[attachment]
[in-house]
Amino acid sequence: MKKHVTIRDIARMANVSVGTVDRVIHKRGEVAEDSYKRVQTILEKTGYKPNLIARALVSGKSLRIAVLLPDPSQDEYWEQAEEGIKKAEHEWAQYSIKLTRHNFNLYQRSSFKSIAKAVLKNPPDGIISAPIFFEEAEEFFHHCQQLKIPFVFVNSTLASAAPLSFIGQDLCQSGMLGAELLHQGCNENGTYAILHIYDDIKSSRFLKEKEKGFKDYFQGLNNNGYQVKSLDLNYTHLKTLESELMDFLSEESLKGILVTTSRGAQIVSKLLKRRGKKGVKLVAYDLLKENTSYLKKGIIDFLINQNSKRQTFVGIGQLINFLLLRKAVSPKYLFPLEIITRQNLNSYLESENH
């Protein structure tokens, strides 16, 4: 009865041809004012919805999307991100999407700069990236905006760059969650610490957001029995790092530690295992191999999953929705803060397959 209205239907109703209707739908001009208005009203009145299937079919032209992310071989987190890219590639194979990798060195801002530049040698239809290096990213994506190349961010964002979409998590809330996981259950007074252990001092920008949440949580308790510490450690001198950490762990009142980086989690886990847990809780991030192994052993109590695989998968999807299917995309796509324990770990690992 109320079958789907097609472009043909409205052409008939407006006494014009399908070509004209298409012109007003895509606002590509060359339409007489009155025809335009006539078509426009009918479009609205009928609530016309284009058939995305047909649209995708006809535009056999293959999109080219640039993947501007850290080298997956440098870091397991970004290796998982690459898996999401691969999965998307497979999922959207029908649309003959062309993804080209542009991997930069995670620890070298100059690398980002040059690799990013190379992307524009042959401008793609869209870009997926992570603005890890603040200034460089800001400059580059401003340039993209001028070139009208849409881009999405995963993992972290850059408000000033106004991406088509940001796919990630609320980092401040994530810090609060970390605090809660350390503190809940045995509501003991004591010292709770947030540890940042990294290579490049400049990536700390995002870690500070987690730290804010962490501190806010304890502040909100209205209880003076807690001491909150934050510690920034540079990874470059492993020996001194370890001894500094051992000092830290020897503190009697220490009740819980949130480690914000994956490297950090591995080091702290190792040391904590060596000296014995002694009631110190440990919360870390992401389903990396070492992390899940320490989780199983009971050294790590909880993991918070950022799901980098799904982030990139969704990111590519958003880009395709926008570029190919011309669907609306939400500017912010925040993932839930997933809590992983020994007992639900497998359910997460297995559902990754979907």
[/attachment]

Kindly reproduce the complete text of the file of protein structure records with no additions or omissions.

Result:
[in-house]
Amino acid sequence: MKKHVTIRDIARMANVSVGTVDRVIHKRGEVAEDSYKRVQTILEKTGYKPNLIARALVSGKSLRIAVLLPDPSQDEYWEQAEEGIKKAEHEWAQYSIKLTRHNFNLYQRSSFKSIAKAVLKNPPDGIISAPIFFEEAEEFFHHCQQLKIPFVFVNSTLASAAPLSFIGQDLCQSGMLGAELLHQGCNENGTYAILHIYDDIKSSRFLKEKEKGFKDYFQGLNNNGYQVKSLDLNYTHLKTLESELMDFLSEESLKGILVTTSRGAQIVSKLLKRRGKKGVKLVAYDLLKENTSYLKKGIIDFLINQNSKRQTFVGIGQLINFLLLRKAVSPKYLFPLEIITRQNLNSYLESENH
């Protein structure tokens, strides 16, 4: 009865041809004012919805999307991100999407700069990236905006760059969650610490957001029995790092530690295992191999999953929705803060397959 209205239907109703209707739908001009208005009203009145299937079919032209992310071989987190890219590639194979990798060195801002530049040698239809290096990213994506190349961010964002979409998590809330996981259950007074252990001092920008949440949580308790510490450690001198950490762990009142980086989690886990847990809780991030192994052993109590695989998968999807299917995309796509324990770990690992 109320079958789907097609472009043909409205052409008939407006006494014009399908070509004209298409012109007003895509606002590509060359339409007489009155025809335009006539078509426009009918479009609205009928609530016309284009058939995305047909649209995708006809535009056999293959999109080219640039993947501007850290080298997956440098870091397991970004290796998982690459898996999401691969999965998307497979999922959207029908649309003959062309993804080209542009991997930069995670620890070298100059690398980002040059690799990013190379992307524009042959401008793609869209870009997926992570603005890890603040200034460089800001400059580059401003340039993209001028070139009208849409881009999405995963993992972290850059408000000033106004991406088509940001796919990630609320980092401040994530810090609060970390605090809660350390503190809940045995509501003991004591010292709770947030540890940042990294290579490049400049990536700390995002870690500070987690730290804010962490501190806010304890502040909100209205209880003076807690001491909150934050510690920034540079990874470059492993020996001194370890001894500094051992000092830290020897503190009697220490009740819980949130480690914000994956490297950090591995080091702290190792040391904590060596000296014995002694009631110190440990919360870390992401389903990396070492992390899940320490989780199983009971050294790590909880993991918070950022799901980098799904982030990139969704990111590519958003880009395709926008570029190919011309669907609306939400500017912010925040993932839930997933809590992983020994007992639900497998359910997460297995559902990754979907």